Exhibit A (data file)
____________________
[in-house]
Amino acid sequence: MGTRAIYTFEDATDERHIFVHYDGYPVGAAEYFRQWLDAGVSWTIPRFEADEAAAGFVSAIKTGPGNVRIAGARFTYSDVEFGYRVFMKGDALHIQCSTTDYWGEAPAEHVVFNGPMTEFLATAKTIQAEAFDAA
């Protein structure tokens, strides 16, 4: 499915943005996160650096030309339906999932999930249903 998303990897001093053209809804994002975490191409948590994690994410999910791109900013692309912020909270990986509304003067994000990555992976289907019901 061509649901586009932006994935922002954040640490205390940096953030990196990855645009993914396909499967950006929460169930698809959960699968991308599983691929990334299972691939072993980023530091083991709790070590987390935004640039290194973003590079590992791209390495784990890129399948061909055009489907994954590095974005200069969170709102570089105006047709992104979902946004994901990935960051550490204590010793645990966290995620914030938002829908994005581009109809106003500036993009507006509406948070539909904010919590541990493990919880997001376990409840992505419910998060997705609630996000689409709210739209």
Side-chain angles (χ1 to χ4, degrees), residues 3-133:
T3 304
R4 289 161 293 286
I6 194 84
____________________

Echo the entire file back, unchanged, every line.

[in-house]
Amino acid sequence: MGTRAIYTFEDATDERHIFVHYDGYPVGAAEYFRQWLDAGVSWTIPRFEADEAAAGFVSAIKTGPGNVRIAGARFTYSDVEFGYRVFMKGDALHIQCSTTDYWGEAPAEHVVFNGPMTEFLATAKTIQAEAFDAA
């Protein structure tokens, strides 16, 4: 499915943005996160650096030309339906999932999930249903 998303990897001093053209809804994002975490191409948590994690994410999910791109900013692309912020909270990986509304003067994000990555992976289907019901 061509649901586009932006994935922002954040640490205390940096953030990196990855645009993914396909499967950006929460169930698809959960699968991308599983691929990334299972691939072993980023530091083991709790070590987390935004640039290194973003590079590992791209390495784990890129399948061909055009489907994954590095974005200069969170709102570089105006047709992104979902946004994901990935960051550490204590010793645990966290995620914030938002829908994005581009109809106003500036993009507006509406948070539909904010919590541990493990919880997001376990409840992505419910998060997705609630996000689409709210739209």
Side-chain angles (χ1 to χ4, degrees), residues 3-133:
T3 304
R4 289 161 293 286
I6 194 84